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BUSINESS
July 8, 2007 | Daniel Costello, Times Staff Writer
As he piloted his new, $1.4-million helicopter from his Apple Valley home to Orange County one recent morning, Dr. Prem Reddy enjoyed a cloudless view of his growing empire. Today, the five-seat Eurocopter EC120 whisks him to Anaheim, where he recently agreed to buy two hospitals. On other days, he sweeps over endless miles of gridlock to his facilities in Sherman Oaks, Huntington Beach and San Diego.
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HEALTH
November 14, 2011 | By Chris Woolston, Special to the Los Angeles Times
Some smells are strong enough to break through even the stuffiest noses. You can have the cold of the century, but you'll still be able to sense a splash of Pine-Sol or a ball of wasabi. And no matter how clogged up you are, you can pick up the unmistakable scent of menthol. It feels soothing and oddly cool, almost like a nasal injection of Freon. Now that the cold and flu season has arrived, the smell of menthol is wafting through many homes. In a ritual that goes back more than a century, stuffed-up kids and adults are going to sleep with gobs of menthol ointments smeared over their chests.
HEALTH
May 15, 2011 | By Olga Khazan, Special to the Los Angeles Times
Between the sheet-cake birthday parties and hours-long, cookie-fueled management meetings, office work has a way of undermining all our plans to live healthfully. Americans spend nearly nine hours at work each day — and our sedentary jobs wreak havoc on our bodies. Three-quarters of adults get little or no activity daily, according to Dr. James Levine, an endocrinologist at the Mayo Clinic in Rochester, Minn. Two-thirds of Americans are overweight, and obesity accounts for 63 million physician office visits each year.
CALIFORNIA | LOCAL
May 31, 2002 | From Times Staff Reports
A new $16-million building for Saddleback College's health sciences department won unanimous approval this week from trustees of the South Orange County Community College District. The 61,000-square-foot, three-story building also will house college district offices. The board had approved $12.7million for the health sciences building before deciding to add district offices to the structure. Officials said they expect the building to be completed in two years.
SPORTS
January 26, 1990
The Portland Trail Blazers' Ramon Ramos, who suffered severe head injuries in a Dec. 16 automobile crash, is improving, a spokeswoman at Oregon Health Sciences University Hospital said.
HEALTH
March 1, 2010 | Lony Castro, Special to the Los Angeles Times
I never actually intended to harm anyone. Honestly. In fact, I think the waiter is to blame. I was dining at a restaurant with my sister when the waiter casually asked if I was enjoying the evening with my daughter . I tried to shrug off the comment off but couldn't. I decided to get a second opinion and soon found myself walking into the office of a plastic surgeon. I entered through a marbled anteroom centered with a pedestal table and a stunning, if stiff, floral arrangement.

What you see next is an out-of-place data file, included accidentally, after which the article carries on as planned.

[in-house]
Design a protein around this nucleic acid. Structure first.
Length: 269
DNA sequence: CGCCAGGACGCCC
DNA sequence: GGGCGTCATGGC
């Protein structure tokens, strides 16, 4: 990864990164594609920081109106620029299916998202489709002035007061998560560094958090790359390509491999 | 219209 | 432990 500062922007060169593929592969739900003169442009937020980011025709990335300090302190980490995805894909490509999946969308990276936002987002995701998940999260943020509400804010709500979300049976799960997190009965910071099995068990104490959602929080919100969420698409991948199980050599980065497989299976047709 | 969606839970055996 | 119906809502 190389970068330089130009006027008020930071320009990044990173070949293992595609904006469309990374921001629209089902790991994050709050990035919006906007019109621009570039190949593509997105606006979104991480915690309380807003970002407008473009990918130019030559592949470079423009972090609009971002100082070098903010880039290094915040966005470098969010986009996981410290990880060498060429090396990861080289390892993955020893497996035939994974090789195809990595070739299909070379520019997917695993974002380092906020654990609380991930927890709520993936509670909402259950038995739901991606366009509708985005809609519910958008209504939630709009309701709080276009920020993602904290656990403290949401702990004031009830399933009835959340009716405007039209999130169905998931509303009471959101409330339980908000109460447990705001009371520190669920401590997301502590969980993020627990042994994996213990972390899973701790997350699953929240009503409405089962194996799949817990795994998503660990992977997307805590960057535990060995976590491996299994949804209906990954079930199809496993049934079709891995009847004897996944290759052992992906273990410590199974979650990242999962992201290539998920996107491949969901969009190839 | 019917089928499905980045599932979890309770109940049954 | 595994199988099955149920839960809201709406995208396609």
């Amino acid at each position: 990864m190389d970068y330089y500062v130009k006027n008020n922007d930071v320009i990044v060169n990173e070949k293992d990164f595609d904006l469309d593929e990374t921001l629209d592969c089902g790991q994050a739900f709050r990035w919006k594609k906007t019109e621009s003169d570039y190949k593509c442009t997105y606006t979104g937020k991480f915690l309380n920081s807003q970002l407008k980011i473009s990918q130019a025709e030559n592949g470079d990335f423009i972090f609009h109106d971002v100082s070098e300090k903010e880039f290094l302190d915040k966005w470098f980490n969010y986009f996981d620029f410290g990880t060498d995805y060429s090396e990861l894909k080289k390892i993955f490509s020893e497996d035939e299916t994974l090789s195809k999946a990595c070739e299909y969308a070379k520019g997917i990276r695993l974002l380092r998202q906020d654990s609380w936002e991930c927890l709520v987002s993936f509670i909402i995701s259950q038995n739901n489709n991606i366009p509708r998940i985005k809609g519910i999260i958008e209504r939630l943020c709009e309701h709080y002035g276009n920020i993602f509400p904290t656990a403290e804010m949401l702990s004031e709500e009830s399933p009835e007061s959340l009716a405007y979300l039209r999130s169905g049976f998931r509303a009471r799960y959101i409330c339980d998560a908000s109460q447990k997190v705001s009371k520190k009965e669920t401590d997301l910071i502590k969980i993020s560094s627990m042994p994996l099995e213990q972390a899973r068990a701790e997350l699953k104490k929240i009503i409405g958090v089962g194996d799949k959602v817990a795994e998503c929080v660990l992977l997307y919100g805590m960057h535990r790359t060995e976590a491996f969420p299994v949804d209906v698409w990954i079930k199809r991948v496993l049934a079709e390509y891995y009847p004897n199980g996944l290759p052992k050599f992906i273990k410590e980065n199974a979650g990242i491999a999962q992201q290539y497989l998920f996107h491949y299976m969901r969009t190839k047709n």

HEALTH
February 14, 2014 | By Chris Woolston
Now that people in Colorado (and, soon, Washington state) can buy marijuana about as easily as they can pick up a 12-pack of Bud Light, it's a good time to ask: How risky is it to turn to pot? President Obama has already shared his opinion, telling the New Yorker magazine, "I don't think [marijuana] is more dangerous than alcohol. " The president's opinion stands in stark contrast with official federal policy that still classifies marijuana as a Schedule 1 drug, putting it in the same class as heroin and LSD. In this case, the president seems to be more correct than the government, says Richard Miller, professor of pharmacology at Northwestern University Feinberg School of Medicine in Chicago.
NATIONAL
April 9, 2013 | By Molly Hennessy-Fiske and Matt Pearce, Los Angeles Times
CYPRESS, Texas - A male student who fantasized about stabbing people was charged Tuesday in connection with an attack that injured 14 people, two critically, at a Houston-area community college, authorities said. Dylan Quick, 20, faces three counts of aggravated assault with a deadly weapon. He is suspected of acting alone in what one official described as a "building-to-building" attack at the Lone Star College-CyFair campus about 30 miles northwest of Houston. "According to the statement the suspect voluntarily gave investigators, he has had fantasies of stabbing people to death since he was in elementary school," the Harris County Sheriff's Office said in a statement late Tuesday.
SCIENCE
June 27, 2006 | Karen Kaplan, Times Staff Writer
Having one or more older brothers boosts the likelihood of a boy growing up to be gay -- an effect due not to social factors, but biological events that occur in their mother's womb, according to a study published today. In an analysis of 905 men and their siblings, Canadian psychologist Anthony Bogaert found no evidence that social interactions among family members played a role in determining whether a man was gay or straight.
NATIONAL
May 29, 2011 | By David Willman, Los Angeles Times
He roamed the University of Cincinnati campus with a loaded gun. When his rage overflowed, the brainy microbiology major would open fire inside empty buildings, visualizing a wall clock or other object as a person who had done him wrong. By the mid-1970s, Bruce Ivins had earned his doctorate and was a promising researcher at the University of North Carolina. By outward appearances, he was a charming eccentric, odd but disarming. Inside, he still smoldered with resentment, and he saw a new outlet for it. Several years earlier, a Cincinnati student had turned him down for a date.
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